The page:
Mar 3rd, 2016
There is good reason that the Deschutes is Oregon’s best known river. The Deschutes is a desert oasis rife with wild rainbows, hearty steelhead, whitewater and stunning scenery. With day trips and multi-day float trips for both trout and steelhead, the Deschutes is one of the west’s most unique and captivating systems. The quintessential Deschutes trips are deluxe, multi-day float trips on both the upper and lower portions of the river. Best done as a three night, four day float, these trips offer anglers the best shot at the river’s trout and steelhead and represent one of the West’s greatest downriver fly fishing adventures.
Expert Interview with David Kalinowski
Where is the Deschutes River?
The Deschutes River is located in the heart of Oregon. The river originates in the Cascade mountains just outside of Bend and begins its journey north. The “Lower Deschutes”, where the quality rainbow and steelhead fishing occurs, starts about 1 hour north of Bend. From the Pelton Dam complex the river flows undistributed for 100 miles until it reaches its terminus at the Columbia River just upstream of The Dalles, OR.
How do I get there?
Anglers fly into Portland, OR and rent a vehicle. From there its about a 2.5 hour drive to either Maupin or Madras, OR. These are the two towns in which trips originate.
Why should I go?
The Deschutes is a rare gem. The 100 miles of the lower river offer an incomparable combination of fishing, boating and camping in a high desert canyon. The scenery alone is captivating, but add incredibly hard fighting native rainbow trout and steelhead and you have a destination that is unique and truly special.
When should I go?
The prime trout season is late April through October. Steelhead begin entering the lowest portion of the river in July and fishing holds strong through November. I have to say May is my favorite time to target the trout, as the epic stonefly hatch is happening. For Steelhead its hard not to say July, as this is a time for the hardest fighting and most aggressive steelhead of the year, but its not a numbers game. If you are looking for more consistent numbers, September and October are great.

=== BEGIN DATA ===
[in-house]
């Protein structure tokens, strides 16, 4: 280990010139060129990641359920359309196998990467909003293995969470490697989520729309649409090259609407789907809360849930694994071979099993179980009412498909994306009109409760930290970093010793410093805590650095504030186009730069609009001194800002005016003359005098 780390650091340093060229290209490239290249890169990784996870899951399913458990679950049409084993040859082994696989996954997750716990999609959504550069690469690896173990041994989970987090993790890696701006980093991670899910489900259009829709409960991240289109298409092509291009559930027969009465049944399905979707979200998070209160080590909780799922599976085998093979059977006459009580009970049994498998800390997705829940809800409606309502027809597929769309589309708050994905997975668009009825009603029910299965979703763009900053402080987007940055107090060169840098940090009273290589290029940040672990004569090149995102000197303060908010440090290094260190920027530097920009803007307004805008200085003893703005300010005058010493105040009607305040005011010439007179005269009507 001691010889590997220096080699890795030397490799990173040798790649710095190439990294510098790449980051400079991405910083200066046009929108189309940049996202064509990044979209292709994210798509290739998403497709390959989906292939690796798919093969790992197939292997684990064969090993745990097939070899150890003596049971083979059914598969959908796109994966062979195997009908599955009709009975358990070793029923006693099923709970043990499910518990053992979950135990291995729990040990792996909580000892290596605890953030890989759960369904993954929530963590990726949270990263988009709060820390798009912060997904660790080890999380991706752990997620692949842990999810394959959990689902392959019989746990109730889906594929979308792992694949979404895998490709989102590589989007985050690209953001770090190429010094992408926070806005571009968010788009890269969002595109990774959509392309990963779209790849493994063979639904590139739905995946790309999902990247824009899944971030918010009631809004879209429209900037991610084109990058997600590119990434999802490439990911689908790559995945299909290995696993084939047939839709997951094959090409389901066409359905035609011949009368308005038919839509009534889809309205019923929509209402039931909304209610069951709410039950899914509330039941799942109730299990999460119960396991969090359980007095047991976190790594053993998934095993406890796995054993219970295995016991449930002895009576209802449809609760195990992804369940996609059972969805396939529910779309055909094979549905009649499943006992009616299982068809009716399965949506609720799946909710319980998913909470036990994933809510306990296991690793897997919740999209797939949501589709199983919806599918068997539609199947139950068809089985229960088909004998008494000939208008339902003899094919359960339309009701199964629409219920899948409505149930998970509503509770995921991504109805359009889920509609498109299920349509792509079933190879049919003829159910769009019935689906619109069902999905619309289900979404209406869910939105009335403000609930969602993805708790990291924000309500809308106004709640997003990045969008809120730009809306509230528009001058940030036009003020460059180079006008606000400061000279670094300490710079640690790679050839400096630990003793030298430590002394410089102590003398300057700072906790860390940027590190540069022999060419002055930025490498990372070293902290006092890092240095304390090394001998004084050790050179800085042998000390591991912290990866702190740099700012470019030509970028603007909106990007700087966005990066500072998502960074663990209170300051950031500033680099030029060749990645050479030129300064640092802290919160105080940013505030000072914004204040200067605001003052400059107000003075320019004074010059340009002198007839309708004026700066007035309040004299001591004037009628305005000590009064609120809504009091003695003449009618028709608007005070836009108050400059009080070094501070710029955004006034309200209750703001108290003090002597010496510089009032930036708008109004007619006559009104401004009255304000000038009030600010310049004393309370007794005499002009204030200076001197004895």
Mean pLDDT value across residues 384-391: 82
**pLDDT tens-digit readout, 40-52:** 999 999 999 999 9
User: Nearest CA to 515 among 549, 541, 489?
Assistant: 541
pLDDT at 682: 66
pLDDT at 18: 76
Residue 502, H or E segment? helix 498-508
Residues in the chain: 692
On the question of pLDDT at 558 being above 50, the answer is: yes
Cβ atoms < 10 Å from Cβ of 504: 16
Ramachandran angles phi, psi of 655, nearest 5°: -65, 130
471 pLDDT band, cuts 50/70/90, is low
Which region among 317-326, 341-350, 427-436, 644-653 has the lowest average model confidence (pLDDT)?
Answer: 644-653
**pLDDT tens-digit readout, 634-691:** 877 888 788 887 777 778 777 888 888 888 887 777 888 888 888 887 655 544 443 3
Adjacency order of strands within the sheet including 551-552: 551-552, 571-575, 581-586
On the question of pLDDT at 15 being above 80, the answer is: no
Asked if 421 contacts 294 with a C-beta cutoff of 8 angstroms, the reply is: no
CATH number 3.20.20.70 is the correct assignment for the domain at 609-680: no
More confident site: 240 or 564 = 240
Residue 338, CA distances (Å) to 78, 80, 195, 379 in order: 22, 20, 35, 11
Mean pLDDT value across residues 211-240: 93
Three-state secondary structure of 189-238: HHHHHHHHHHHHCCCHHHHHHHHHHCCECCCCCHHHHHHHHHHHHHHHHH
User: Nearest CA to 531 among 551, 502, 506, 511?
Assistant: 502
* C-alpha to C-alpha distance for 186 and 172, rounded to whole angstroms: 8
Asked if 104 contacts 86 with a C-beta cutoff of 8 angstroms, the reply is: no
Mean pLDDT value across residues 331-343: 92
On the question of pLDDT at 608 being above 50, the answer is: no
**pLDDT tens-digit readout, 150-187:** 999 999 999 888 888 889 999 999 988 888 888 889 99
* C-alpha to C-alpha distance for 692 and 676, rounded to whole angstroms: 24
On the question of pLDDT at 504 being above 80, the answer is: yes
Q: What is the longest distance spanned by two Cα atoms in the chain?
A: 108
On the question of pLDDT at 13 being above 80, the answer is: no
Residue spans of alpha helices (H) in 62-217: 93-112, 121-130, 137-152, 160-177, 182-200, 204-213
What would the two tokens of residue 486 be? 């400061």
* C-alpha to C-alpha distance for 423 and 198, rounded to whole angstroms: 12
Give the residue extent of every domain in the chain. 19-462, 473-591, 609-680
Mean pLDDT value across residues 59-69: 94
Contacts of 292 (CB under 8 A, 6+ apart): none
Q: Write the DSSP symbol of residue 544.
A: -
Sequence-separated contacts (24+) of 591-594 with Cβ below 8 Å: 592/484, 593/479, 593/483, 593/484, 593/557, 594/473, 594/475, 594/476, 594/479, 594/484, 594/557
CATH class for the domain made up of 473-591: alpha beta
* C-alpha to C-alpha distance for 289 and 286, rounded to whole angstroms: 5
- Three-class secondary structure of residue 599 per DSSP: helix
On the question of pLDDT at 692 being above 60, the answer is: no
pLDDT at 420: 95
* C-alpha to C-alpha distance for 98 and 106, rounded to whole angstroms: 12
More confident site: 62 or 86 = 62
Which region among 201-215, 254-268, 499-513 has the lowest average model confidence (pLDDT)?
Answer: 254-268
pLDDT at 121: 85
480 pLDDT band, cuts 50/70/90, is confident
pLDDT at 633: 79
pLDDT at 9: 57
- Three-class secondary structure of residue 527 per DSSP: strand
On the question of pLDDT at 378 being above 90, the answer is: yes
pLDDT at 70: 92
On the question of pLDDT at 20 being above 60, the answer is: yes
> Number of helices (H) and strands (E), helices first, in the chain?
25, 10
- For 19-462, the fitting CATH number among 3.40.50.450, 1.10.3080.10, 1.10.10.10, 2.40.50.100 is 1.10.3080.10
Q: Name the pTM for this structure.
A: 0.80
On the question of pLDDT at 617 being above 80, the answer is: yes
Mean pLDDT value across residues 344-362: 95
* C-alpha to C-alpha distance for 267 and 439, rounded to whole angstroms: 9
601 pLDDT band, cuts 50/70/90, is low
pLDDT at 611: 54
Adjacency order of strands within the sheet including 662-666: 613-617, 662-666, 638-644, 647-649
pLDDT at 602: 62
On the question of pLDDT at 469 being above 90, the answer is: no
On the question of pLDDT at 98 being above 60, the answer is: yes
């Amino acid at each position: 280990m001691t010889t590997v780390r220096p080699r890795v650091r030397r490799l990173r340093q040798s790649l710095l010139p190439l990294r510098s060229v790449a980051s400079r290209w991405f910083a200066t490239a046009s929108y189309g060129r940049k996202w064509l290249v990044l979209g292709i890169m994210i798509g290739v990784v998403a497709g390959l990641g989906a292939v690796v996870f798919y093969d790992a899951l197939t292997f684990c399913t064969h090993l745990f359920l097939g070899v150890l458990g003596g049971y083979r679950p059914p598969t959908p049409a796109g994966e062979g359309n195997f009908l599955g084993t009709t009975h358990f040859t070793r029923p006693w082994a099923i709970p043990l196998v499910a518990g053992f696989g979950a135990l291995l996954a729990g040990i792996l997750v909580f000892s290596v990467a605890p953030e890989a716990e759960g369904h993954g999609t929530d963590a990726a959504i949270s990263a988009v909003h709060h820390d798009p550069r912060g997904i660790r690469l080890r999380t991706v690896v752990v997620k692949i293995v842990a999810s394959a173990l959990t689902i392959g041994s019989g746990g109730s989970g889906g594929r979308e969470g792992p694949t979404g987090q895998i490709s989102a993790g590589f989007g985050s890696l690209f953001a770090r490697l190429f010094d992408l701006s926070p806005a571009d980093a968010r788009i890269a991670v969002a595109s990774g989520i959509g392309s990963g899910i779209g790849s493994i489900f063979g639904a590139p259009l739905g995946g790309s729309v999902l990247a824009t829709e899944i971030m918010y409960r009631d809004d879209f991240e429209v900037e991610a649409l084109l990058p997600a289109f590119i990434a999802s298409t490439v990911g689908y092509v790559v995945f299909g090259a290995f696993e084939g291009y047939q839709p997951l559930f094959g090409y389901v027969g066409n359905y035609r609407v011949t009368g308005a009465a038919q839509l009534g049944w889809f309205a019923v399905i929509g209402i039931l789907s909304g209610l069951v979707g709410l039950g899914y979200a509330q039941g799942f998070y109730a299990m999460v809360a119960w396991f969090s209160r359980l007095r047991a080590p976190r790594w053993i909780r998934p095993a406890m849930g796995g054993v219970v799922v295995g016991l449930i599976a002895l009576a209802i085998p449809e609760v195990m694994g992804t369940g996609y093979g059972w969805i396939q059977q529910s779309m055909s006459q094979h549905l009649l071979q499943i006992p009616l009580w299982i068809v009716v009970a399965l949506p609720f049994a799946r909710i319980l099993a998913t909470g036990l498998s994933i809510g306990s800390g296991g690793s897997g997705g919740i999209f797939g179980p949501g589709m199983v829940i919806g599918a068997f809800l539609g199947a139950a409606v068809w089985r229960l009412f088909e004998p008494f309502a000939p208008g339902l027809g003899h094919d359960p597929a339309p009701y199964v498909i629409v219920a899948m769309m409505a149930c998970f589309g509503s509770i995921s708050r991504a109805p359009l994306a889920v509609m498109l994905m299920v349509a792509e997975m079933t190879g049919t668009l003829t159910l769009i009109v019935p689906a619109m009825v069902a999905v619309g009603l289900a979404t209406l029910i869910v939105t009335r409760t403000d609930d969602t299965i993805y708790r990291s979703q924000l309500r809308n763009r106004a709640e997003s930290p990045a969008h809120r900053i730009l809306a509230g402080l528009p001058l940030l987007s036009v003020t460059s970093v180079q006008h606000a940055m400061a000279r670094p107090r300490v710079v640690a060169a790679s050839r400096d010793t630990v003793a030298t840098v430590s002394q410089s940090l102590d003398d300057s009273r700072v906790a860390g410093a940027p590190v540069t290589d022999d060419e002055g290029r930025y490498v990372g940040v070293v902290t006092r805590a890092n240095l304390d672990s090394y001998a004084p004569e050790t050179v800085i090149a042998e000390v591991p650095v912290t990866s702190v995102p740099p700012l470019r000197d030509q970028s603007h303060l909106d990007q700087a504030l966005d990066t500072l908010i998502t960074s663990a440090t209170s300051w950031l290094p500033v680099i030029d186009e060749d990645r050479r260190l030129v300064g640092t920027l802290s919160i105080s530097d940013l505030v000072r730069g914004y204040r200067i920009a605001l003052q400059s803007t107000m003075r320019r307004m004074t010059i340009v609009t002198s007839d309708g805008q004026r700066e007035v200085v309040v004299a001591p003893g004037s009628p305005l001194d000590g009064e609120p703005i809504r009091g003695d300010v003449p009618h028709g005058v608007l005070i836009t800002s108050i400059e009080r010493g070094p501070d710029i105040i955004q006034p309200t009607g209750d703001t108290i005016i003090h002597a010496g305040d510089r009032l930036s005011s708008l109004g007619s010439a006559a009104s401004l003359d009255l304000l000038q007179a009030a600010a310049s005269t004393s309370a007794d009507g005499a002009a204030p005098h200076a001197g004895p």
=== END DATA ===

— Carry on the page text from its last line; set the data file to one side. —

Where do they fish?
The lowest 100 miles of the river are all floated and fished. In the lowest 25 miles jet boats access the river on certain days and this water is a steelheaders dream. My favorite stretches are Trout Creek to the town of Maupin(about 35 miles) and from Macks Canyon to the mouth(about 25 miles), both of these sections are only accessed by boat….or a very long hike.
How do they fish?
Trout fishing offers all the techniques and water types an angler can imagine. The highlight for myself is finding hungry trout in the shade of the overhanging tree branchs where a well presented dry fly will absolutely get eaten. On the other end of the spectrum is the steelhead fishing. Two handed rods, long runs and the traditional tight line swing are employed to target some of the most aggressive steelhead available. Floating lines, skated flies or small traditional patterns swung just under the surface offer some of the hardest takes imaginable. Add epic scenery and comfortable camping and its just a magical place to spend time.